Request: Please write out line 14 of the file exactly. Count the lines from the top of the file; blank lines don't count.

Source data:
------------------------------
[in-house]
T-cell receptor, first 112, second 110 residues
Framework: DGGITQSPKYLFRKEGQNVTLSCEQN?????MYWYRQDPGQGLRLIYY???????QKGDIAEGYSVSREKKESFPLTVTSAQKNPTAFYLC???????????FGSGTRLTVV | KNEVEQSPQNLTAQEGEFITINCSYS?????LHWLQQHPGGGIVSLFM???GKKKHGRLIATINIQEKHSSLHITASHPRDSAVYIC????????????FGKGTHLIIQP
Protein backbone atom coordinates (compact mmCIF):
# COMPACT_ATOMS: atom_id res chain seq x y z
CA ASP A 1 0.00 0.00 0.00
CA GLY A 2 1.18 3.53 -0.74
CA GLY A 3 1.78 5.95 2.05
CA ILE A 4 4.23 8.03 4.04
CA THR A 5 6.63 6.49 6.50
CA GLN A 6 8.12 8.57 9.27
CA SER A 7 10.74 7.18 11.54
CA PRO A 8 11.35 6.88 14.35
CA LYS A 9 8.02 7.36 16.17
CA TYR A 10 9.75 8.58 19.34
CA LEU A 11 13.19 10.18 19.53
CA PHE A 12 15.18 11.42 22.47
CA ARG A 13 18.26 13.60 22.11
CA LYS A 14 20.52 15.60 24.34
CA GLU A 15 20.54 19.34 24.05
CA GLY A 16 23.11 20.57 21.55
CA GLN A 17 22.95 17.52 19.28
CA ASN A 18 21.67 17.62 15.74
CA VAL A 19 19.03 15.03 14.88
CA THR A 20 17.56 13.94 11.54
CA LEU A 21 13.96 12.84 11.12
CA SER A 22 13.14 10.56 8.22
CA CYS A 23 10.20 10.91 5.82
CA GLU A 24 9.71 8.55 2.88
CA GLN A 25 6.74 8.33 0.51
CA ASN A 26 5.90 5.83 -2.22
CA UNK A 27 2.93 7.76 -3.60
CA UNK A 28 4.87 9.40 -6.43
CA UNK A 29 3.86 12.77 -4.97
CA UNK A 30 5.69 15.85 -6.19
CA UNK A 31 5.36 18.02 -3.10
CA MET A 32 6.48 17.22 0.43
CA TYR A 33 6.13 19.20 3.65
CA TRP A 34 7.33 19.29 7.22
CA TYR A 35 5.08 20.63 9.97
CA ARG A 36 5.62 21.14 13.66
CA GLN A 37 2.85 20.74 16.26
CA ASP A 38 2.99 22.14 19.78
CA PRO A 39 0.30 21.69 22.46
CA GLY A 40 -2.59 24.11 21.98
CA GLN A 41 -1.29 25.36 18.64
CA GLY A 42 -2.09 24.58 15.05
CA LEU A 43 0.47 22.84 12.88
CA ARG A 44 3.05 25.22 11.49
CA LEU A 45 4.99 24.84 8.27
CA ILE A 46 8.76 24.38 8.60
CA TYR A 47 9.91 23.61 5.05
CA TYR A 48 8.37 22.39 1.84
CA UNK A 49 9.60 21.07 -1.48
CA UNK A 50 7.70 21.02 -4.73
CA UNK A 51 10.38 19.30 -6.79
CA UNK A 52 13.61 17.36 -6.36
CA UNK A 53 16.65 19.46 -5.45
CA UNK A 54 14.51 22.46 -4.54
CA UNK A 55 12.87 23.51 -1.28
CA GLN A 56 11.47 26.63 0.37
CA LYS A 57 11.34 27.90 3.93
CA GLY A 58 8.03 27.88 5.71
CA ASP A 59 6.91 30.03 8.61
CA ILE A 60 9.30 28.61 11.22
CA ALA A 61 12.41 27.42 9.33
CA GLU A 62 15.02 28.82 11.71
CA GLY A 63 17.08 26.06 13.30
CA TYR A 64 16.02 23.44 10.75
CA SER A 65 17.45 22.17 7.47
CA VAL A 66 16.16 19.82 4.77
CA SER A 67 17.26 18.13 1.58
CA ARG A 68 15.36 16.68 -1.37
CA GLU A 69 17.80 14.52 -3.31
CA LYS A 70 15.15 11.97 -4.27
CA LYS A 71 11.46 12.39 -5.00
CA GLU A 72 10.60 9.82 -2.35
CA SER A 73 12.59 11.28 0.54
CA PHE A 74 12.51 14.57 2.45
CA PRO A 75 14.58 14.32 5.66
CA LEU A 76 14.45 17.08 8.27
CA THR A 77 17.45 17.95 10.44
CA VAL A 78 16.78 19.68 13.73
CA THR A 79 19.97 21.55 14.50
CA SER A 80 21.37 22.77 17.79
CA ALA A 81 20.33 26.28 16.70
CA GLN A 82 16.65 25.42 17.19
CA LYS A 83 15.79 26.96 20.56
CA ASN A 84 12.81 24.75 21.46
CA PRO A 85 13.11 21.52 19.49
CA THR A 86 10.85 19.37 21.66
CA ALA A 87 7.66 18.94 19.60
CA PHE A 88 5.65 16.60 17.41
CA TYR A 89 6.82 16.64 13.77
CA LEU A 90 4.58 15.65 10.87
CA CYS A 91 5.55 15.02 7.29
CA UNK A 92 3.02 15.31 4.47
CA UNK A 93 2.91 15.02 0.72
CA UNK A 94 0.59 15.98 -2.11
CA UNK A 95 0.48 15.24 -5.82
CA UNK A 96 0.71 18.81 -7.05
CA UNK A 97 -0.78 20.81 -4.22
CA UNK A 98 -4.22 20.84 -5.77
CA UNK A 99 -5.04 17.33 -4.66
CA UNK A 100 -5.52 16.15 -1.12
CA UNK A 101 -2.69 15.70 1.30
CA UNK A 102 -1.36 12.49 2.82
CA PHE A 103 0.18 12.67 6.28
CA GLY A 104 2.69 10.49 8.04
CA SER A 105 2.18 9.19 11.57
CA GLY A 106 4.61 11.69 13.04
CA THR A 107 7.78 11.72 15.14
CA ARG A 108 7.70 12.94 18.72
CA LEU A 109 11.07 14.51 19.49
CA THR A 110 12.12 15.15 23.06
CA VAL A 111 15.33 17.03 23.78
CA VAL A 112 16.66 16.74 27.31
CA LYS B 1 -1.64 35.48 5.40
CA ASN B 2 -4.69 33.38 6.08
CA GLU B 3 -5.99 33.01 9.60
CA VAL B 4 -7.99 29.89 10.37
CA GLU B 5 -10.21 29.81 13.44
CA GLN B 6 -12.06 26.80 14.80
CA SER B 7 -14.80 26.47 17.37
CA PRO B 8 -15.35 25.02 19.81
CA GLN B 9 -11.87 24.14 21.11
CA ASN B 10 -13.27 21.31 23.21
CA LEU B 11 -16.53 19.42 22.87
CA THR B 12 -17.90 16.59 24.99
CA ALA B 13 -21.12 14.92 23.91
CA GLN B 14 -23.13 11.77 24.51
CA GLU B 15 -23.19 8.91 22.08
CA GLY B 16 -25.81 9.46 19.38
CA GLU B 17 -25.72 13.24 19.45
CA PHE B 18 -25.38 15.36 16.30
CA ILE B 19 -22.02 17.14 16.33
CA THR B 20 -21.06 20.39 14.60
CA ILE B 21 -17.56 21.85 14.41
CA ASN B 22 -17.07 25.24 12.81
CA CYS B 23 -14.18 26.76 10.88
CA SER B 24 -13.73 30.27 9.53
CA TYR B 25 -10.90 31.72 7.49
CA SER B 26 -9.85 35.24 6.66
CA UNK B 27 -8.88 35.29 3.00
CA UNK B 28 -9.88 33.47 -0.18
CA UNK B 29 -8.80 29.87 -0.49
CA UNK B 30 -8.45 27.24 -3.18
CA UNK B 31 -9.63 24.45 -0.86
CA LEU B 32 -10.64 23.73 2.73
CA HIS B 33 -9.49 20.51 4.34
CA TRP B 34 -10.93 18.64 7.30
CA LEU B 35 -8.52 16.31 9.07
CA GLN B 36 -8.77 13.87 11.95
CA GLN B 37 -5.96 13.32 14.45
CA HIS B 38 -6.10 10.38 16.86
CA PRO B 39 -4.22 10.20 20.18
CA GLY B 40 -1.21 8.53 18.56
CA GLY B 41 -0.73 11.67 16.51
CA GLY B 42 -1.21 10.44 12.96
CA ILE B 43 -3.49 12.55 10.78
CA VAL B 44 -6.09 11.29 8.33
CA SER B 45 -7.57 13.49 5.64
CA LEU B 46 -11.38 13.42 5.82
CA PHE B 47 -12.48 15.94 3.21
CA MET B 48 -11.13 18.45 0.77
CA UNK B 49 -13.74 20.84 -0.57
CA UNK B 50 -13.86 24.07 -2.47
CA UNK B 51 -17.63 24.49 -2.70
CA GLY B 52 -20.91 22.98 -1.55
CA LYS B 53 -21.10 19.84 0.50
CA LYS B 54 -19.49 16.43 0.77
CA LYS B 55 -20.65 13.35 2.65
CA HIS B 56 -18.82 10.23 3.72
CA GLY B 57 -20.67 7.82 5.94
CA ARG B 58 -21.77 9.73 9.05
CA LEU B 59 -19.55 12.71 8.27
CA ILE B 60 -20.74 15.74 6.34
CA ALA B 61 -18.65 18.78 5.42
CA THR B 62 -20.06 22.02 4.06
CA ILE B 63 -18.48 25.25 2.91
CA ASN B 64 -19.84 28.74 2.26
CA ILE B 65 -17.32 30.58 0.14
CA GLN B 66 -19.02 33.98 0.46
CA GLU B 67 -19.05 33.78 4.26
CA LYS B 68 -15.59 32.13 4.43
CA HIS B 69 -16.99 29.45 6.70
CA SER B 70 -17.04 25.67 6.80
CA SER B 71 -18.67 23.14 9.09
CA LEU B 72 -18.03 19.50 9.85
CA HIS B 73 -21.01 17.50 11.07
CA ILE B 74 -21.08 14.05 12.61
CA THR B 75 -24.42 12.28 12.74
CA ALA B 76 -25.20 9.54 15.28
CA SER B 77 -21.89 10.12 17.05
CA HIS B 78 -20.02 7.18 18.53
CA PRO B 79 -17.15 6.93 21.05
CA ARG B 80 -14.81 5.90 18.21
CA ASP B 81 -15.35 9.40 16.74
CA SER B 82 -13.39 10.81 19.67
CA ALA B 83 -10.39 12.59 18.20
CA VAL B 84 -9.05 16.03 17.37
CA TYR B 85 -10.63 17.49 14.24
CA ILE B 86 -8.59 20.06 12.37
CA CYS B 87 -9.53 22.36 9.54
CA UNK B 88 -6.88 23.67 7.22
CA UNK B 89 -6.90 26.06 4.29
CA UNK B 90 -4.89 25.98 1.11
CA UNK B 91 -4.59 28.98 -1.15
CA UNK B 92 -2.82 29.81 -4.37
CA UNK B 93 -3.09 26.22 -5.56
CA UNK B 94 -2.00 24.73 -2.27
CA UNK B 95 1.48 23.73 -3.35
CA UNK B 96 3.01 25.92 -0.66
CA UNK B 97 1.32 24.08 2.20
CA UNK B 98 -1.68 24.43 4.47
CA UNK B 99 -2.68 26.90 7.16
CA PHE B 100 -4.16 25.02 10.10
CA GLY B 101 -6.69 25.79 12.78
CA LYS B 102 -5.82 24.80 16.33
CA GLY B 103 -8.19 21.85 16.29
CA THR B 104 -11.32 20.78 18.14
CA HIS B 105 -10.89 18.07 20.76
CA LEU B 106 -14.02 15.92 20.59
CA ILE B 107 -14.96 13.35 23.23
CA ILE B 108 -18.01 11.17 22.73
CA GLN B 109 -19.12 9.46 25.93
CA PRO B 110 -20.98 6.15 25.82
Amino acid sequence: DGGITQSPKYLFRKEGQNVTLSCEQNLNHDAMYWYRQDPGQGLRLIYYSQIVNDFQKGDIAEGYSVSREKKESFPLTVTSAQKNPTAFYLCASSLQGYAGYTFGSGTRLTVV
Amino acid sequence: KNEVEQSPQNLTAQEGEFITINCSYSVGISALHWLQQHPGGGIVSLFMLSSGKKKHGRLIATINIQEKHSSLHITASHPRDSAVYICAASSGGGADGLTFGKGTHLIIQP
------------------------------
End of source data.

CA LYS A 9 8.02 7.36 16.17